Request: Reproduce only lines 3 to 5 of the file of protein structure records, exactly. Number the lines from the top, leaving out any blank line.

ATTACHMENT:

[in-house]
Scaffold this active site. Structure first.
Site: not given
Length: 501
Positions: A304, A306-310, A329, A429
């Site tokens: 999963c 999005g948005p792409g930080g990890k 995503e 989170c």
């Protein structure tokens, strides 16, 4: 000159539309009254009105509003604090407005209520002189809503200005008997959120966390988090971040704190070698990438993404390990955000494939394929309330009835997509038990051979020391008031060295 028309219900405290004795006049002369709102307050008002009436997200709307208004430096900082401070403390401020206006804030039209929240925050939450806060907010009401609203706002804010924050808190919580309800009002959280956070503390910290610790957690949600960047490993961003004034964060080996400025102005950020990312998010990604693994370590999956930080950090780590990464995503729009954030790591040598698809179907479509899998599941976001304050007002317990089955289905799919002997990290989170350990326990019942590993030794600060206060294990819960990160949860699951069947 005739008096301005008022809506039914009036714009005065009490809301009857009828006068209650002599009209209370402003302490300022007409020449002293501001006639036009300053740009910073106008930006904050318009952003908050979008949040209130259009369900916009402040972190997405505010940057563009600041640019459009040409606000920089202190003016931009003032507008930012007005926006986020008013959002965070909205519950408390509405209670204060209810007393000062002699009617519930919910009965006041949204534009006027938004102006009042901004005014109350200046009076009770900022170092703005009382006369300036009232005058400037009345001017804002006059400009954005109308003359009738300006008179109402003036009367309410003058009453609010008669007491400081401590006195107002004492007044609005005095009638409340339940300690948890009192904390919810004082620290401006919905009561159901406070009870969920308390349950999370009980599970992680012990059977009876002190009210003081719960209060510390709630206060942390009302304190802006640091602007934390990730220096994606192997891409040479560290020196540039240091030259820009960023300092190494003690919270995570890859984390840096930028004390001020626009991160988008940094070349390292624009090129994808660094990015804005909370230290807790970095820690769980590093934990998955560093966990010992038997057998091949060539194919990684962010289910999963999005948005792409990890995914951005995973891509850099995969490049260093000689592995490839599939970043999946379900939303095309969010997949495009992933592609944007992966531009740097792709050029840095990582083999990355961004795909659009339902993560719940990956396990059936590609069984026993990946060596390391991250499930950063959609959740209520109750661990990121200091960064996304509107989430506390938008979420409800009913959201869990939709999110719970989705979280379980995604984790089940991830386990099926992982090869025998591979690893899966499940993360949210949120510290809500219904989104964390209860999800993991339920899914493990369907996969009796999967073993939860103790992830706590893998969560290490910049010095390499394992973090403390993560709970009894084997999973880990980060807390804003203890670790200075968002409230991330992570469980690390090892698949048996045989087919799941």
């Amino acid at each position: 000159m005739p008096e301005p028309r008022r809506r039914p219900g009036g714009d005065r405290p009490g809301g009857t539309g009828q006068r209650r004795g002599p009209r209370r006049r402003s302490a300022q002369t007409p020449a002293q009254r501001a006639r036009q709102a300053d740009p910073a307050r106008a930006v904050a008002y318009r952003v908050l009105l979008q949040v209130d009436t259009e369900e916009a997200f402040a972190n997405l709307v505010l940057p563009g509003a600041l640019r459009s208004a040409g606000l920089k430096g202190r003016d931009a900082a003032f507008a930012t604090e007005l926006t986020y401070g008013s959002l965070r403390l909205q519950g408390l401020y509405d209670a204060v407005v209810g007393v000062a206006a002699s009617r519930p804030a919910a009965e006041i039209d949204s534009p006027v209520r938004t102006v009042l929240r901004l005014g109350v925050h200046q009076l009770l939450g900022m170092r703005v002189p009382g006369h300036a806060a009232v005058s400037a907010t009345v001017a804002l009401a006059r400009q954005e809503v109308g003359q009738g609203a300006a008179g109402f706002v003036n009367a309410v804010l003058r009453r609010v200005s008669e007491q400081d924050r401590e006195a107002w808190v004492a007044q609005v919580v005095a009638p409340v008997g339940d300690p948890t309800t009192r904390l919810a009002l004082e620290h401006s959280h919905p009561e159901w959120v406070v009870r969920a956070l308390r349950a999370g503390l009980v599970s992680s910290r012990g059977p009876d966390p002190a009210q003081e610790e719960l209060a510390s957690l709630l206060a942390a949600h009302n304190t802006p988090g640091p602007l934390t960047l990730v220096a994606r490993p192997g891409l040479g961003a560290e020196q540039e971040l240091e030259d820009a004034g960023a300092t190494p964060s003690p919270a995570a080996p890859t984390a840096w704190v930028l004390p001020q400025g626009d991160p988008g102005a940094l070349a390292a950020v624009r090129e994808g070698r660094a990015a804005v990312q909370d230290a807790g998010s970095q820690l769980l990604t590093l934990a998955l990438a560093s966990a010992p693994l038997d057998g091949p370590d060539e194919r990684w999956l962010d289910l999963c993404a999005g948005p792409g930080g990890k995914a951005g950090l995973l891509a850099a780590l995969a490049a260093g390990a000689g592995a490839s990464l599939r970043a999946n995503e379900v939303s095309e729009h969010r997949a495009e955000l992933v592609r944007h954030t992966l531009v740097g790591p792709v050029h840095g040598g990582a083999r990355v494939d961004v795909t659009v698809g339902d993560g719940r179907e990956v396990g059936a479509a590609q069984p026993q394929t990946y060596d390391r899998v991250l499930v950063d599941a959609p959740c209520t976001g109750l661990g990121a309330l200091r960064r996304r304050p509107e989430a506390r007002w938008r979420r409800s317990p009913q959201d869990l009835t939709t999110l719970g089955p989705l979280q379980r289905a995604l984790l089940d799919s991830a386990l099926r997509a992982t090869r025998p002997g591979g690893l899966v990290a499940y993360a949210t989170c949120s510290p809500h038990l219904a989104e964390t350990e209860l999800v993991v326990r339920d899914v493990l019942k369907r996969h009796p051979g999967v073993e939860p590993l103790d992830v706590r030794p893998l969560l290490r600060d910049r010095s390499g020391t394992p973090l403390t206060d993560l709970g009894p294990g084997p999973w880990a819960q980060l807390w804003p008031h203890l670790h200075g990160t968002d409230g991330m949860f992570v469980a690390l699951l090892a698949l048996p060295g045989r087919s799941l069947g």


Site: not given
Length: 501
Positions: A304, A306-310, A329, A429